Quote from CanadaProud
This is an interesting discussion.. I was wondering it myself. Two years ago I was in a program that was taking me no where (I was really unhappy with it), so I applied for a BScN program in Ontario. Within 2-3 months I was accepted into the two programs I had applied for.
So my question is, if Canada doesn't really have waiting list why aren't more Americans coming to our schools? Is it that they don't believe in the programs, or don't want to leave home? I have noticed that there are at least 1-2 American students in my classes.. so that is why I was curious.
I couldn't imagine waiting years to get into nursing.. boggles the mind.
Good question. Is the process for qualifying for a student visa to go to school in Canada any different from the process for getting a visa for going to school in the states?
My own experience was much like the others here who graduated in the last 5-10 years. I had a choice between:
1. accelerated BSN program with 3-year mandatory hospital commitment; tuition paid up-front (upwards of $20K). I understand they later changed the tuition policy, but if I had $20K in my pocket, I'd be using it to pay my living expenses while in school!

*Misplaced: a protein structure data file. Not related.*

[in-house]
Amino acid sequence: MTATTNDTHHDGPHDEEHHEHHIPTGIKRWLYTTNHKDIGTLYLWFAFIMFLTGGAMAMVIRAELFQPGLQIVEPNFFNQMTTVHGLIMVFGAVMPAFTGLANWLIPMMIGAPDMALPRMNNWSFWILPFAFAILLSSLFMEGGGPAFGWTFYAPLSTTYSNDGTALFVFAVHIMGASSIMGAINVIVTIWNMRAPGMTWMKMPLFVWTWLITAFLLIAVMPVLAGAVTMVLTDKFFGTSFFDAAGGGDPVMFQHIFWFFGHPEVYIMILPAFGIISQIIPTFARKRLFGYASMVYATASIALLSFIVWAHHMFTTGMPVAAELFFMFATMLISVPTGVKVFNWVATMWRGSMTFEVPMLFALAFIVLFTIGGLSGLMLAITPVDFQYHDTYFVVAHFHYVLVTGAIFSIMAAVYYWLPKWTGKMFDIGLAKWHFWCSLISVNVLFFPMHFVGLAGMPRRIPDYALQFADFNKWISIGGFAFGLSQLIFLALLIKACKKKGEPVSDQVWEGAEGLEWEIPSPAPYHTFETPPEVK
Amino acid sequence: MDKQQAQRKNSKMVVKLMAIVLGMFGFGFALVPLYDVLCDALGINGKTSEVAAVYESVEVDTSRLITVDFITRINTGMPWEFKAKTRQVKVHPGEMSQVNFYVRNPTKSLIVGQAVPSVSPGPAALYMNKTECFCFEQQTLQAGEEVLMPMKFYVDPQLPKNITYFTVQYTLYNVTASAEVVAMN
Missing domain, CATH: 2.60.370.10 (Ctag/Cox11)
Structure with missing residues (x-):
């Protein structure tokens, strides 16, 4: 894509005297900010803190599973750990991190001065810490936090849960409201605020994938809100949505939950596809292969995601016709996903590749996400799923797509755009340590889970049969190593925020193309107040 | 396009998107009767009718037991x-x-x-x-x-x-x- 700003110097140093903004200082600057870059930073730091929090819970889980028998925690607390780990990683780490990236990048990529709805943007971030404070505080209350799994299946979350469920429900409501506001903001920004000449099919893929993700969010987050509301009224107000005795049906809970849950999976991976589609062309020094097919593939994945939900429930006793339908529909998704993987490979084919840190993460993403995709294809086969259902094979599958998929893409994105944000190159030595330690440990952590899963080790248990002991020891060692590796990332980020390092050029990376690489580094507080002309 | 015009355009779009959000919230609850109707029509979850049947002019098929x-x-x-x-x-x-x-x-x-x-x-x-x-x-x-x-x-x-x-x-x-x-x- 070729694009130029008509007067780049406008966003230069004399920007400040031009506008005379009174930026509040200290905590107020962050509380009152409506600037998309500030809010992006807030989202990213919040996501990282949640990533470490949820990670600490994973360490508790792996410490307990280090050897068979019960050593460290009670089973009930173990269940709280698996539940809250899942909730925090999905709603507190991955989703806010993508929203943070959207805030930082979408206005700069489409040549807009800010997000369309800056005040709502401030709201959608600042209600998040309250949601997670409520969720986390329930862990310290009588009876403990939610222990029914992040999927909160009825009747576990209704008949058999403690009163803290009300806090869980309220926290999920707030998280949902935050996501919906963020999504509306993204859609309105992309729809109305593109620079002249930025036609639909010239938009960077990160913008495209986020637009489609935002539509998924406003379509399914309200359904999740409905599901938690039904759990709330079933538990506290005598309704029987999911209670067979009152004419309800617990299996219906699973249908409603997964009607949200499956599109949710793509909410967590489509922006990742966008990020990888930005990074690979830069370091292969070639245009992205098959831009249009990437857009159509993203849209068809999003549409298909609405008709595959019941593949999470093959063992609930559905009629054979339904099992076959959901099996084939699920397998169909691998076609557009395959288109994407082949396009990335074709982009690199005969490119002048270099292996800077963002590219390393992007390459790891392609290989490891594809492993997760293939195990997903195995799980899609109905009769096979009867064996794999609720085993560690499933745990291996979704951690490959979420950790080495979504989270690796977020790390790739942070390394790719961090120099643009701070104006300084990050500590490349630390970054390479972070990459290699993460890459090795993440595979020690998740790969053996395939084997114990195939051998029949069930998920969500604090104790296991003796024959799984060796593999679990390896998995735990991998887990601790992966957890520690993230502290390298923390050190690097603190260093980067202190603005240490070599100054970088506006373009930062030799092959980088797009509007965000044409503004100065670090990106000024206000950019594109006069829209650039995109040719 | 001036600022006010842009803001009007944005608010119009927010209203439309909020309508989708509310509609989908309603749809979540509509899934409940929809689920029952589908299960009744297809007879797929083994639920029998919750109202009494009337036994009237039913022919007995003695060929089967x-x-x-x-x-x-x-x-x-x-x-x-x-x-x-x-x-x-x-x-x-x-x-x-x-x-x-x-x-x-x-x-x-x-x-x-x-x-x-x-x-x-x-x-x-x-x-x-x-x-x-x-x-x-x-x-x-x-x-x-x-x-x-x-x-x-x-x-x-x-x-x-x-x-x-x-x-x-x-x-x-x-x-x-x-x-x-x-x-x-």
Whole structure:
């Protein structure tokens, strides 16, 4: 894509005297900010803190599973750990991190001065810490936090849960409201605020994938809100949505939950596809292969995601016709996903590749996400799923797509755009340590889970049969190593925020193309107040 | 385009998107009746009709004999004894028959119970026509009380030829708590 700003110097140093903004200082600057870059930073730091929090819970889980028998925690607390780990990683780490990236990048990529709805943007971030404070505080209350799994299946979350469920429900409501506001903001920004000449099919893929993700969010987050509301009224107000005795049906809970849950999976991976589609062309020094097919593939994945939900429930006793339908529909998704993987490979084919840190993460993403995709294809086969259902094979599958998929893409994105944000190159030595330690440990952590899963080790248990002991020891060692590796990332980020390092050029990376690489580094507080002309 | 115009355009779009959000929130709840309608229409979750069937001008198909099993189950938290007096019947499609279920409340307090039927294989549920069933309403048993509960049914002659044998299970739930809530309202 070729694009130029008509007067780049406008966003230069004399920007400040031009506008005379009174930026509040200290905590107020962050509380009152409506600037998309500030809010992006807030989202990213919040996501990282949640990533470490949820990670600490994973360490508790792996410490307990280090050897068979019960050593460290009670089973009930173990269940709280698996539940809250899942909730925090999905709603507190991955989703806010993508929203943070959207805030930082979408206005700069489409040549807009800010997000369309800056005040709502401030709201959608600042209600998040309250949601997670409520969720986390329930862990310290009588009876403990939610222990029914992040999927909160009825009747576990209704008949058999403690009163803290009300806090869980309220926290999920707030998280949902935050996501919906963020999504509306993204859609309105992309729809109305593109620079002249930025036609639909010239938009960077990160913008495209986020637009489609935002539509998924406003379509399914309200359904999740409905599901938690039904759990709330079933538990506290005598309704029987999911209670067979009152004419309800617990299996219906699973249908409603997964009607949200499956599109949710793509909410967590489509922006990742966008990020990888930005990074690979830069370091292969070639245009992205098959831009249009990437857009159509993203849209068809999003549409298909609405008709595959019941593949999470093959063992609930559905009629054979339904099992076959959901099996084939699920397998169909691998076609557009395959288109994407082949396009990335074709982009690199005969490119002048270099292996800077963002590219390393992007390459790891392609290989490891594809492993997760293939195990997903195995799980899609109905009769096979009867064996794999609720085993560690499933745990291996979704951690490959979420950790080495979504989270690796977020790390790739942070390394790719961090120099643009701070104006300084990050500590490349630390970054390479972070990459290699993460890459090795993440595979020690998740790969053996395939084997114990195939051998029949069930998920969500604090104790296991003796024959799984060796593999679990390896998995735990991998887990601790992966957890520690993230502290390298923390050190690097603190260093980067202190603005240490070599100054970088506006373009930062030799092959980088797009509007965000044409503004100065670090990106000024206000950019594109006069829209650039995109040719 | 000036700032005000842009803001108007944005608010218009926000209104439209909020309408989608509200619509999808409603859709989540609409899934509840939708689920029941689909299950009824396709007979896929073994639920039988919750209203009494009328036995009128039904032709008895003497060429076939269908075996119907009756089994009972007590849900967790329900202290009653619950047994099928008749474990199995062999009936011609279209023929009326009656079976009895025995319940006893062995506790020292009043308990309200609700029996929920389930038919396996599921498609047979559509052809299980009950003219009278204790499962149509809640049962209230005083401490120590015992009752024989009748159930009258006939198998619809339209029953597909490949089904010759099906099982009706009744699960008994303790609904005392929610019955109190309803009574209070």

2. normal BSN program at a handful of local universities- all had extensive waitlists (1-2 years), and none would accept any of my gen ed courses from 15 years ago. Would've taken me almost 4 years to finish, to the tune of $9k.
3. CC programs that had a variety of admissions processes (waitlists, lottery, testing, GPA requirements). I chose a school over 1 hour away because it was the only one that admitted based on testing and GPA alone. I had a 4.0 in my pre-reqs and a perfect score on my admission test (wasn't the NET, but one of the other ones). Closer schools had 2+ years waiting lists. My school accepted 16 out of 350+ applicants. I know of no one in my program who came in with an entrance test score below 85%, and a GPA of at least 3.75. Oh, and the state paid for my tuition because I'd been laid off from the tech sector; they would pay for any degree or cert. program no more than 2 years long, if you took a job in the state in a high-demand field (like nursing, obviously.)